Is there room for the Zabbaleen in Egypt’s new waste management system?
Is there room for the Zabbaleen in Egypt’s new waste management system? Following the ratification of the new Waste Management Act last October, the Local Development Ministry kicked off the second phase of its municipal solid waste management system, which focuses on securing contracts with the private sector for the collection, transportation, treatment, recycling and safe disposal of waste. This new system, although touted as a solution to a fragmented industry, leaves very little room for the informal garbage collectors known colloquially as the Zabbaleen.
So with those companies in place, we ask ourselves: What will happen to the Zabbaleen? The government is planning to integrate them into the system simply as employees working under private sector contractors. But waste collectors mainly rely on service fees and tips from households, as well as selling sorted waste to recyclers and manufacturers. All that may be put at risk, they believe, with the implementation of the new system, threatening a way of life that had been around since the 17th century.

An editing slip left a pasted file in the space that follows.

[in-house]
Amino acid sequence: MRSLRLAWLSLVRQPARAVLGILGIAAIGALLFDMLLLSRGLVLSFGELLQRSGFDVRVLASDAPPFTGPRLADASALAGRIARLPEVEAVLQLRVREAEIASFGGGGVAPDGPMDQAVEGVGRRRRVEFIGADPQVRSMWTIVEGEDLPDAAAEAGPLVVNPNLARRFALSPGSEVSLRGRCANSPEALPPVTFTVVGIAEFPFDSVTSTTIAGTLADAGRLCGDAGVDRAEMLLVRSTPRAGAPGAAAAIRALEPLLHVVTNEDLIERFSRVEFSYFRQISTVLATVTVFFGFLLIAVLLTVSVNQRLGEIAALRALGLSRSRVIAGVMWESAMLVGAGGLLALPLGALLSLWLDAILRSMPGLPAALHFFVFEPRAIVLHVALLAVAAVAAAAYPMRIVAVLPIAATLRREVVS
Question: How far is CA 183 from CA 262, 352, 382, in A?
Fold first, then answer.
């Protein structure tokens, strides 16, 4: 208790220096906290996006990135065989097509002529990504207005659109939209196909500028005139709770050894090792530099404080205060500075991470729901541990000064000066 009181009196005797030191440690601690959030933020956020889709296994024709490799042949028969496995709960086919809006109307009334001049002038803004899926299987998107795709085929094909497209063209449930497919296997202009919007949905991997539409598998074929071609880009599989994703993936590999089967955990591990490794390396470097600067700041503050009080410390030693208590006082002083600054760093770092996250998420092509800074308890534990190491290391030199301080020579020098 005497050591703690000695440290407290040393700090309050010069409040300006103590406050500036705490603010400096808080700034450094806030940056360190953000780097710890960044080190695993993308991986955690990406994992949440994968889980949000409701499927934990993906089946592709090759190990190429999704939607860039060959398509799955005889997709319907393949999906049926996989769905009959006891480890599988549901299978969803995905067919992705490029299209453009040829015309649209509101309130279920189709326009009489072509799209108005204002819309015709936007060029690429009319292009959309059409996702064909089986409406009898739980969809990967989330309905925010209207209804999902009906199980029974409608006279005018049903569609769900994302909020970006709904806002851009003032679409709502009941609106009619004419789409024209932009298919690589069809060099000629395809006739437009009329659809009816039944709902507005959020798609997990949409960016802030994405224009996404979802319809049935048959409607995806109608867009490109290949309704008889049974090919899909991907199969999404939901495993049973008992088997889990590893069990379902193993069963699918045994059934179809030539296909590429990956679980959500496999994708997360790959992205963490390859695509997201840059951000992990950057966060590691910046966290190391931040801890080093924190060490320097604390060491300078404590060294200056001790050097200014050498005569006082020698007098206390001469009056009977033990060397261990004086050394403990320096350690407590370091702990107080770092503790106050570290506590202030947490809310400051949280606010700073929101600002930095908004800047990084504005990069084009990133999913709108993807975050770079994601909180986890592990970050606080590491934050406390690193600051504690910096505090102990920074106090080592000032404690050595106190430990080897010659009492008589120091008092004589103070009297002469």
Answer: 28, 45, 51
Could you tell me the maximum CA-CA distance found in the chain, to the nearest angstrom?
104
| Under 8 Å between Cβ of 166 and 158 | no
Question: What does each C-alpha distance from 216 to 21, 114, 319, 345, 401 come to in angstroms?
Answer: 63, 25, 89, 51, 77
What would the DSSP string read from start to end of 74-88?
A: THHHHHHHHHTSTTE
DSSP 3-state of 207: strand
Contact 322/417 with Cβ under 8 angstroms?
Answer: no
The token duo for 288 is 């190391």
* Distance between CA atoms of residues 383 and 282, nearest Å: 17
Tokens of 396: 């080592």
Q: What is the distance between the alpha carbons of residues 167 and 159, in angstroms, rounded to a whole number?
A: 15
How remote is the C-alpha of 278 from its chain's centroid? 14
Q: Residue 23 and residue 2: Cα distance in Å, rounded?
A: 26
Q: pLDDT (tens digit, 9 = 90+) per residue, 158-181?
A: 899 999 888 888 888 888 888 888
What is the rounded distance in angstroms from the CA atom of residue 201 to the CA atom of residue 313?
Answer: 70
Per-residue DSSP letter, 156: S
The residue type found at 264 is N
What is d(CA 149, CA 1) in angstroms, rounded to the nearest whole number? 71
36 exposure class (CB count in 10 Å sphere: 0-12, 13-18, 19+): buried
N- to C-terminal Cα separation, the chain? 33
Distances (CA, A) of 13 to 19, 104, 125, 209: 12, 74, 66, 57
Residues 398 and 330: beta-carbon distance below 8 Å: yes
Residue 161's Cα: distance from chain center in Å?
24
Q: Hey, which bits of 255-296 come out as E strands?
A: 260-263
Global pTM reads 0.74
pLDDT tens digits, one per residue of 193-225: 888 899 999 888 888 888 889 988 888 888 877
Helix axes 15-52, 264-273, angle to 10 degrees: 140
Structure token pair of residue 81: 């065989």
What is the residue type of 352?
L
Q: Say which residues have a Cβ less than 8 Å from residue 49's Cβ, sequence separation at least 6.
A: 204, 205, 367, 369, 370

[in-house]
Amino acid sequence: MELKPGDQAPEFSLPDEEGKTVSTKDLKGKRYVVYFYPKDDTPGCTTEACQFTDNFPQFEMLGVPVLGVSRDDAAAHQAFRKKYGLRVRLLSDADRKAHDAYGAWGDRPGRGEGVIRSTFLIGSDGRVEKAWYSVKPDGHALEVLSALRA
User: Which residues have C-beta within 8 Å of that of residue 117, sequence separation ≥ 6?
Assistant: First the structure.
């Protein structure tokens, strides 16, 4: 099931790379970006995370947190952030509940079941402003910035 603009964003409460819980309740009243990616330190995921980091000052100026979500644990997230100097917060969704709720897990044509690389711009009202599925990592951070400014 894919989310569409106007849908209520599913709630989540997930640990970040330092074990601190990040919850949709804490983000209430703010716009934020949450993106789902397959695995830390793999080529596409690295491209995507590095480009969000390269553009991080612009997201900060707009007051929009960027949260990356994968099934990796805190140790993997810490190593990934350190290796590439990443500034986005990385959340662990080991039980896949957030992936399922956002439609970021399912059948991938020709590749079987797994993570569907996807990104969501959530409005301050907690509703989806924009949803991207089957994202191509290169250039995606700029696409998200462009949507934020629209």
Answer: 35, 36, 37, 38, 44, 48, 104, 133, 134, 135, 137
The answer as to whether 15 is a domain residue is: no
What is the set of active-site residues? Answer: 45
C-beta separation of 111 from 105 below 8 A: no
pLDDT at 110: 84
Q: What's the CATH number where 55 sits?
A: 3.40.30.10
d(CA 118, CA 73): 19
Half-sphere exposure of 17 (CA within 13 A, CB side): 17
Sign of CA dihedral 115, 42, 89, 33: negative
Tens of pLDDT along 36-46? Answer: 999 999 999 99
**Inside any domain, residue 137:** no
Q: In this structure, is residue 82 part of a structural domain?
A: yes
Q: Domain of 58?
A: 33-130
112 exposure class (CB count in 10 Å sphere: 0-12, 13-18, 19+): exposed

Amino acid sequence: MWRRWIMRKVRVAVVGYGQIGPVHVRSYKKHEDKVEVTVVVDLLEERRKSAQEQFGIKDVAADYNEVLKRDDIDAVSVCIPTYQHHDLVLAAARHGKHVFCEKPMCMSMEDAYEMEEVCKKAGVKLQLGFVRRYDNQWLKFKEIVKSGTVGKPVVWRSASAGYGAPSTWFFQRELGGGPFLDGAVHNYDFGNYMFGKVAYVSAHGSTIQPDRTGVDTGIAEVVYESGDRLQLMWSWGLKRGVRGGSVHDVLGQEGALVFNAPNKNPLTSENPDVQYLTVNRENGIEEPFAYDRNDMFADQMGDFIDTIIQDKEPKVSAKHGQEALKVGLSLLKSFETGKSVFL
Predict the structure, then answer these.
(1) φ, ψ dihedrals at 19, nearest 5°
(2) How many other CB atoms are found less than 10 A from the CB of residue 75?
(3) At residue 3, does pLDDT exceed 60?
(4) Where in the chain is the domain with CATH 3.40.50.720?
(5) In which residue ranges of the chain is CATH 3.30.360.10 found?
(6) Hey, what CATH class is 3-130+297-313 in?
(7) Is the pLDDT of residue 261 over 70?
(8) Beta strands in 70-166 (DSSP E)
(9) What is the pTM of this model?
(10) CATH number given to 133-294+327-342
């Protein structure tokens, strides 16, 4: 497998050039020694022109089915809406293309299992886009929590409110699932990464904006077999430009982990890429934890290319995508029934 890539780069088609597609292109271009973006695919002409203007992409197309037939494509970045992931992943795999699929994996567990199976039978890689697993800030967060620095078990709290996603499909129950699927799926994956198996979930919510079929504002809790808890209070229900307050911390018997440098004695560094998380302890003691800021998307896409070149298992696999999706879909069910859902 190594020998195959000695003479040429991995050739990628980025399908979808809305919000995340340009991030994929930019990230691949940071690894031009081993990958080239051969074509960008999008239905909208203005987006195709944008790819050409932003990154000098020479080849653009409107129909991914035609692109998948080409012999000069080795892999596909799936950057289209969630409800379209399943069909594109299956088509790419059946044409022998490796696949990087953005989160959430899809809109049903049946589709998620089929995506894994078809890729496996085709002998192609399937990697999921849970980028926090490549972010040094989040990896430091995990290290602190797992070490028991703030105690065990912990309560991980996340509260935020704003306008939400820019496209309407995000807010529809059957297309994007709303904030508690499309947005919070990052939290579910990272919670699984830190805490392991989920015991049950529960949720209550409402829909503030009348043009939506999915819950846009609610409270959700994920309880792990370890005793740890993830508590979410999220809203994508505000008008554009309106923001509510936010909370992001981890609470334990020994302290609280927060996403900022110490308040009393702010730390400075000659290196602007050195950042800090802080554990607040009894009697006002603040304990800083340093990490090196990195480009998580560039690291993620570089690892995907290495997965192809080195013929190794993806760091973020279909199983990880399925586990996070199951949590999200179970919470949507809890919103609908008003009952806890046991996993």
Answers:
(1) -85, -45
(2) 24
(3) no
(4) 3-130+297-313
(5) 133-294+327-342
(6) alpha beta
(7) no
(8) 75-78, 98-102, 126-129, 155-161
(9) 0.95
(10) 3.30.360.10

It wasn’t always either one way or the other: The government had previously tried to turn to the private sector to put a structure to an already fragmented industry, but structural problems had gotten in the way. The process then mainly depended on over 7.2k waste managers and companies registered at the General Authority for Investment (GAFI), of which some are contracted with the Cairo Cleaning and Beautification Authority (CCBA). Those companies are in charge of and supervise Zabbaleen in certain areas. The latter would collect waste from households, factories and shops, sort it, sell recyclable goods — such as cans, plastic bottles and cartons — and then dispose of the rest.
So why did the government decide to do away with this middle ground? Mainly, because there was little oversight over the activities of the contracted companies and their operations. The companies that were contracted were mostly SMEs registered with GAFI, but they were not licensed and compliant with regulations from the Waste Management Regulatory Authority (WMRA), WRMA deputy head Yasser Mahgoub tells us. This regulatory entanglement, coupled with very little coordination between various agencies on how the system would operate led to the change, Mahgoub told Ahram Gate.